Syria releases 7/7 mastermind

Rick Moran
No constraints left for Assad. He doesn't care what anyone thinks anymore.

Telegraph:

Abu Musab al-Suri had been held in Syria for six years after being captured by the CIA in 2005 and transported to the country of his birth under its controversial extraordinary rendition programme.

But he is now said to have been released as a warning to the US and Britain about the consequences of turning their backs on President al-Assad's regime as it tries to contain the uprising in the country.

Al-Suri, also known as Mustafa Setmariam Nasar, was al-Qaeda's operations chief in Europe and has been accused of planning the London bombings, in which four British-born terrorists detonated three bombs on the Underground and another on a bus, killing 52 people and injuring more than 700 others in 2005.

In a statement released after the attacks, al-Suri said: "[In my teachings] I have mentioned vital and legitimate targets to be hit in the enemy's countries ... Among those targets that I specifically mentioned as examples was the London Underground. [Targeting this] was and still is the aim."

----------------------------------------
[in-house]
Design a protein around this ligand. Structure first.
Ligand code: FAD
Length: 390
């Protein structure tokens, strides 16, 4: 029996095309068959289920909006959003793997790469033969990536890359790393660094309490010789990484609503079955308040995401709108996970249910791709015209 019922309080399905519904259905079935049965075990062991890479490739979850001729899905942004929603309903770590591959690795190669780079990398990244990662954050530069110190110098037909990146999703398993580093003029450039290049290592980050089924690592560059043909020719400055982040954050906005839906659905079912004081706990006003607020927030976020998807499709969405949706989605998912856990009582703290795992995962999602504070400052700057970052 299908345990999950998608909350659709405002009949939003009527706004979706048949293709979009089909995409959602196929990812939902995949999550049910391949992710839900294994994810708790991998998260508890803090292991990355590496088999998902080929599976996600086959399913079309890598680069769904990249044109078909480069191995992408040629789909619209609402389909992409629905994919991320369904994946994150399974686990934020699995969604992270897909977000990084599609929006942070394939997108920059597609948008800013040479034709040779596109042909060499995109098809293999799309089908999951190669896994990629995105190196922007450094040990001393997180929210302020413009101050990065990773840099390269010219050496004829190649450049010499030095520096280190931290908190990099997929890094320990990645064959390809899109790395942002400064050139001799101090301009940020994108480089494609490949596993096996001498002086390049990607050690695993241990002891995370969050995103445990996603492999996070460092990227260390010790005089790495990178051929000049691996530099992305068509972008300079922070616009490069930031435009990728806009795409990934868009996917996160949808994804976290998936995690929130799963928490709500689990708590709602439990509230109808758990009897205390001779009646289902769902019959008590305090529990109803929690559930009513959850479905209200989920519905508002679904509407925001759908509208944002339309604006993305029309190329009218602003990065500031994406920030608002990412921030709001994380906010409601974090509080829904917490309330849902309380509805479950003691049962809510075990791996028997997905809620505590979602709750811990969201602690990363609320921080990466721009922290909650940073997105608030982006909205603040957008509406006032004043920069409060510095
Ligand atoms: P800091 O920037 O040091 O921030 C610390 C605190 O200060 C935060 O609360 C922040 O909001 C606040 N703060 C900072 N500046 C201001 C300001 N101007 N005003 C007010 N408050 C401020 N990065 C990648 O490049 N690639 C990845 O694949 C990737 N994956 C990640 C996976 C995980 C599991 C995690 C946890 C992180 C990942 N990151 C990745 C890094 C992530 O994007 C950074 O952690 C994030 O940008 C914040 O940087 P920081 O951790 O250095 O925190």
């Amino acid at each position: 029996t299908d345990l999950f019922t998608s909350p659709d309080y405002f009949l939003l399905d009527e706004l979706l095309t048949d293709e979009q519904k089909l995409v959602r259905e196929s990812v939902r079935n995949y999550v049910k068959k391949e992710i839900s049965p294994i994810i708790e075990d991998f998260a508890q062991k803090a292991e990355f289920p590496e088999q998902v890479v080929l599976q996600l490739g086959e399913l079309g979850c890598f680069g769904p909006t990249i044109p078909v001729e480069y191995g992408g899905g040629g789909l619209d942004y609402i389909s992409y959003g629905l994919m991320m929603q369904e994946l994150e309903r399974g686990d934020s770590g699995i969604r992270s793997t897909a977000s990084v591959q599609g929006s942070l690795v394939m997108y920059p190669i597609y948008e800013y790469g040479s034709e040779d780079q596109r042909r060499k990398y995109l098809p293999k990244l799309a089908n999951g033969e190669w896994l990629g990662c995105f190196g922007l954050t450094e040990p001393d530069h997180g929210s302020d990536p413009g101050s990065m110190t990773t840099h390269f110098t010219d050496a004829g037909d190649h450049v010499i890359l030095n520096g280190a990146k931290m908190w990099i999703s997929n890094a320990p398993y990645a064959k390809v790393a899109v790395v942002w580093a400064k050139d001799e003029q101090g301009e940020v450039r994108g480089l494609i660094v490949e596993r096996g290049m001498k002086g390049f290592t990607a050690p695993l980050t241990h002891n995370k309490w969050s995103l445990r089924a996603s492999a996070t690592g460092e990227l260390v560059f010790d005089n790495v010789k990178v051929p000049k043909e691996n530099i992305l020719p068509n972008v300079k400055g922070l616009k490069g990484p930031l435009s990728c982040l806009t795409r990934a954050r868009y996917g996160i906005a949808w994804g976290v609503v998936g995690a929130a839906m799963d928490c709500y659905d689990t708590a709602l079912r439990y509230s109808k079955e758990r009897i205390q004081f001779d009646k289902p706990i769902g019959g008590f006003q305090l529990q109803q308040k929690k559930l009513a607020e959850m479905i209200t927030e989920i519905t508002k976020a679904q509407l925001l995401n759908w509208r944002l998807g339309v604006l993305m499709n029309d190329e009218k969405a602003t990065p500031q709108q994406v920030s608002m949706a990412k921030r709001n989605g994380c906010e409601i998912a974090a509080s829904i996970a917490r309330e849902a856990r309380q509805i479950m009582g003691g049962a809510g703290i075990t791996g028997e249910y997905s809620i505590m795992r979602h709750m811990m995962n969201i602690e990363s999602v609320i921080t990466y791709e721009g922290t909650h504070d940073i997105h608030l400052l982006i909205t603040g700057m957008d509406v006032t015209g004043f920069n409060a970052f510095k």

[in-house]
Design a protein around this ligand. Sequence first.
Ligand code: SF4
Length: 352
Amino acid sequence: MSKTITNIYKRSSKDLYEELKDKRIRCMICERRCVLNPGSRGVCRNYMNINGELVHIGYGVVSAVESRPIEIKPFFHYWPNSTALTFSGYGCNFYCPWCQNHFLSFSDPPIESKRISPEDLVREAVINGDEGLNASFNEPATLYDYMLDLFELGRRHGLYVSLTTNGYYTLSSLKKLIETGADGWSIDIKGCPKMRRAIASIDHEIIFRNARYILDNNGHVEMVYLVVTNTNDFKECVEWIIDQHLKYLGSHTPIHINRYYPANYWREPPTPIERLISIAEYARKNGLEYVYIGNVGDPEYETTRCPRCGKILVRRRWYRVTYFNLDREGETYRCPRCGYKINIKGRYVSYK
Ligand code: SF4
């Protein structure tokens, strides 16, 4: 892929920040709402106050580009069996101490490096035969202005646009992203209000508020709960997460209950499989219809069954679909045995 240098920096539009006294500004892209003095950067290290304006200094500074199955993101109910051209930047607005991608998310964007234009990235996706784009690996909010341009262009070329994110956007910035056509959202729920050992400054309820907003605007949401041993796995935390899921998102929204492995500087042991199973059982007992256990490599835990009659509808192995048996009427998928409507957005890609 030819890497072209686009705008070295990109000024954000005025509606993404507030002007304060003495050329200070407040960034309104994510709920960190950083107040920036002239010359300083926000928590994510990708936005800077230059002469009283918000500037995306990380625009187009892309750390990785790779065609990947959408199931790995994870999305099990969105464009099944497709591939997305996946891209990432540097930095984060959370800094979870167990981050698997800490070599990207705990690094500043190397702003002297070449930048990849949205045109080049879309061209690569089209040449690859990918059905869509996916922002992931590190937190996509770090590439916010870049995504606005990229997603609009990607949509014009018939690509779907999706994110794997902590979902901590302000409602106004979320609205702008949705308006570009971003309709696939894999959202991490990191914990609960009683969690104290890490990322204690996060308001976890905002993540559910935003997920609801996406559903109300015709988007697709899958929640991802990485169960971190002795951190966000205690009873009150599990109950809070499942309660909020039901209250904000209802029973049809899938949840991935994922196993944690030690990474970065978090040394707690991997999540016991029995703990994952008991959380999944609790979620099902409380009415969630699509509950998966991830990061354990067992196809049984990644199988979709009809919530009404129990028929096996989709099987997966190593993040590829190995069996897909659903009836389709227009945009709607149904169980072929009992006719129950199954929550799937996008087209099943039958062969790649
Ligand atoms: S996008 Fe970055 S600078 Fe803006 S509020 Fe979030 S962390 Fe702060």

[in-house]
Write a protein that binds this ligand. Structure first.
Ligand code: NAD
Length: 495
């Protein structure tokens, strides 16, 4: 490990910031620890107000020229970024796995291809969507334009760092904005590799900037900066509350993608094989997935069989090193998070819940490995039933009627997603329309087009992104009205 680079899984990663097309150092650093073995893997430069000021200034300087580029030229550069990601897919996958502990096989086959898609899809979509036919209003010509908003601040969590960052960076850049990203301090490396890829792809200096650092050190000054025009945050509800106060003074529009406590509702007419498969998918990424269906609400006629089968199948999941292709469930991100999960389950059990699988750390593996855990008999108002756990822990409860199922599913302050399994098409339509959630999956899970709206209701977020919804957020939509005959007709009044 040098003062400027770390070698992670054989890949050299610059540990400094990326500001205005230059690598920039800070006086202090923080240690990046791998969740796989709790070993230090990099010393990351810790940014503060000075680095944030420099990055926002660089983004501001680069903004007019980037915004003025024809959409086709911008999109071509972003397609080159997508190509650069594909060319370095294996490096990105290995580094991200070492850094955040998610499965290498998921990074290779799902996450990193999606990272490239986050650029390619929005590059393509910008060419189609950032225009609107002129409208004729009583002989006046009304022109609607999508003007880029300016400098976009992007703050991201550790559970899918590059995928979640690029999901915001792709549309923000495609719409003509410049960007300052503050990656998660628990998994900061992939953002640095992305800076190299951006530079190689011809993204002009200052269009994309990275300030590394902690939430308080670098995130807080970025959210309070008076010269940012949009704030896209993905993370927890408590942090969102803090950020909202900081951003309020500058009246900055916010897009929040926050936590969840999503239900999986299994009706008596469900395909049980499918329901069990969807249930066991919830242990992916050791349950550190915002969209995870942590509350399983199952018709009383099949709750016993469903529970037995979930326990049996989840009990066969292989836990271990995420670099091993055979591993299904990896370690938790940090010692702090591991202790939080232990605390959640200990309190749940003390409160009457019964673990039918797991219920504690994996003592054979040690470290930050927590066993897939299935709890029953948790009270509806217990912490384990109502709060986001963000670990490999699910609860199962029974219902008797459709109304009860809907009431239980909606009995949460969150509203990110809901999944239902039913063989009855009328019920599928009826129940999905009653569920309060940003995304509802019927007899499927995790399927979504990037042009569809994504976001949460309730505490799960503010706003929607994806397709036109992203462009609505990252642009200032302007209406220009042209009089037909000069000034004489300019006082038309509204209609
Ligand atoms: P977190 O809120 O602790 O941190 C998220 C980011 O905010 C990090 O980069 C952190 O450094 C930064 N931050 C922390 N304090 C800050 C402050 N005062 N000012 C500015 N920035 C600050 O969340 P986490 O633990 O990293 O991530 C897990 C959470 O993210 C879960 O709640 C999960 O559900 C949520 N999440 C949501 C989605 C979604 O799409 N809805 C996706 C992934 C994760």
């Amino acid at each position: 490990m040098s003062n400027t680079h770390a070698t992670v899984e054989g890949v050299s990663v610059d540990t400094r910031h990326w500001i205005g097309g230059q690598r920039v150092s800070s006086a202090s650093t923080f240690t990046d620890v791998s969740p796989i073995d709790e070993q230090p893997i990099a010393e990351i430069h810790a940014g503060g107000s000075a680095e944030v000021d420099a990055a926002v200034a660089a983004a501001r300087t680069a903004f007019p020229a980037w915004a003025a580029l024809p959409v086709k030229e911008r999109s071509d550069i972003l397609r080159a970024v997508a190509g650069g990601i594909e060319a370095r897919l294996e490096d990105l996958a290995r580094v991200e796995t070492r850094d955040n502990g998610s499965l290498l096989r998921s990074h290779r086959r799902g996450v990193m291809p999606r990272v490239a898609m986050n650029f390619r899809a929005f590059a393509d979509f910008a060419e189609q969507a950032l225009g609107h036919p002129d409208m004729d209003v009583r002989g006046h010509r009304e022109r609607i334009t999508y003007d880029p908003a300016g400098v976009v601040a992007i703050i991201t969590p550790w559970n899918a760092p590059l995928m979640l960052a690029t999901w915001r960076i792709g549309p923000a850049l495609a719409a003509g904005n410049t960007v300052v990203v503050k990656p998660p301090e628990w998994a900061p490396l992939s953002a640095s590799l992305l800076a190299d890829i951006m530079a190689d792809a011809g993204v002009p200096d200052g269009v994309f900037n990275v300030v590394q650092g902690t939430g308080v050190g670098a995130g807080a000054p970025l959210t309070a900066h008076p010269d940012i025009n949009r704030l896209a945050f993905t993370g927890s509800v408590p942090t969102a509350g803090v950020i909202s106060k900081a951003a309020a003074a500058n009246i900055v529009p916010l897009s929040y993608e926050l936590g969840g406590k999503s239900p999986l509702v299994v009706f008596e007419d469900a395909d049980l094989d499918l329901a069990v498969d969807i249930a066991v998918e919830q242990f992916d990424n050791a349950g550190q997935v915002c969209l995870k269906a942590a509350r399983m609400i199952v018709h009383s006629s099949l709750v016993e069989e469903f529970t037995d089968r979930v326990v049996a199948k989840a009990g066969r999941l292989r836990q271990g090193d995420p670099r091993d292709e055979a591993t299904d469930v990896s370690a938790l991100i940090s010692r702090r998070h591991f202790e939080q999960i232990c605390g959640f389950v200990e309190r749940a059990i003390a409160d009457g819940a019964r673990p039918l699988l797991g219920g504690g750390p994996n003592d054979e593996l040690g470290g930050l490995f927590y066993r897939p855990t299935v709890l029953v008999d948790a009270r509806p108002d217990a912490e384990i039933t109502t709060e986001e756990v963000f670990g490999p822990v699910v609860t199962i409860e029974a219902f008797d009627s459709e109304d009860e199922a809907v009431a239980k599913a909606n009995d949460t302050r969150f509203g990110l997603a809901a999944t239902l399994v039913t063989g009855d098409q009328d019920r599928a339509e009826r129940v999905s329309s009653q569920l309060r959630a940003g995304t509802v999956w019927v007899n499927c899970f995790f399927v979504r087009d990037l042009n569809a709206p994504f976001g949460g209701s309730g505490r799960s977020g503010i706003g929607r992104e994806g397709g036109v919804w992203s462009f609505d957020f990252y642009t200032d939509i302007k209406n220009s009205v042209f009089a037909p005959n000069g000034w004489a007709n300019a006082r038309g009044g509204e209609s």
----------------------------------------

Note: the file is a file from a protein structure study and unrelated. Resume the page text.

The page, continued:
A mechanical engineer, he is also wanted in Spain in connection with the Madrid train bombings in 2004, which left 191 dead, and for links to an attack on the Paris Metro in 1995.

Assad appears to be burning his bridges rather tha issuing a warning. No matter, the effect is the same. A deadly, experienced terrorist is on the loose again.

 

No constraints left for Assad. He doesn't care what anyone thinks anymore.

Telegraph:

Abu Musab al-Suri had been held in Syria for six years after being captured by the CIA in 2005 and transported to the country of his birth under its controversial extraordinary rendition programme.

But he is now said to have been released as a warning to the US and Britain about the consequences of turning their backs on President al-Assad's regime as it tries to contain the uprising in the country.

Al-Suri, also known as Mustafa Setmariam Nasar, was al-Qaeda's operations chief in Europe and has been accused of planning the London bombings, in which four British-born terrorists detonated three bombs on the Underground and another on a bus, killing 52 people and injuring more than 700 others in 2005.

In a statement released after the attacks, al-Suri said: "[In my teachings] I have mentioned vital and legitimate targets to be hit in the enemy's countries ... Among those targets that I specifically mentioned as examples was the London Underground. [Targeting this] was and still is the aim."

A mechanical engineer, he is also wanted in Spain in connection with the Madrid train bombings in 2004, which left 191 dead, and for links to an attack on the Paris Metro in 1995.

Assad appears to be burning his bridges rather tha issuing a warning. No matter, the effect is the same. A deadly, experienced terrorist is on the loose again.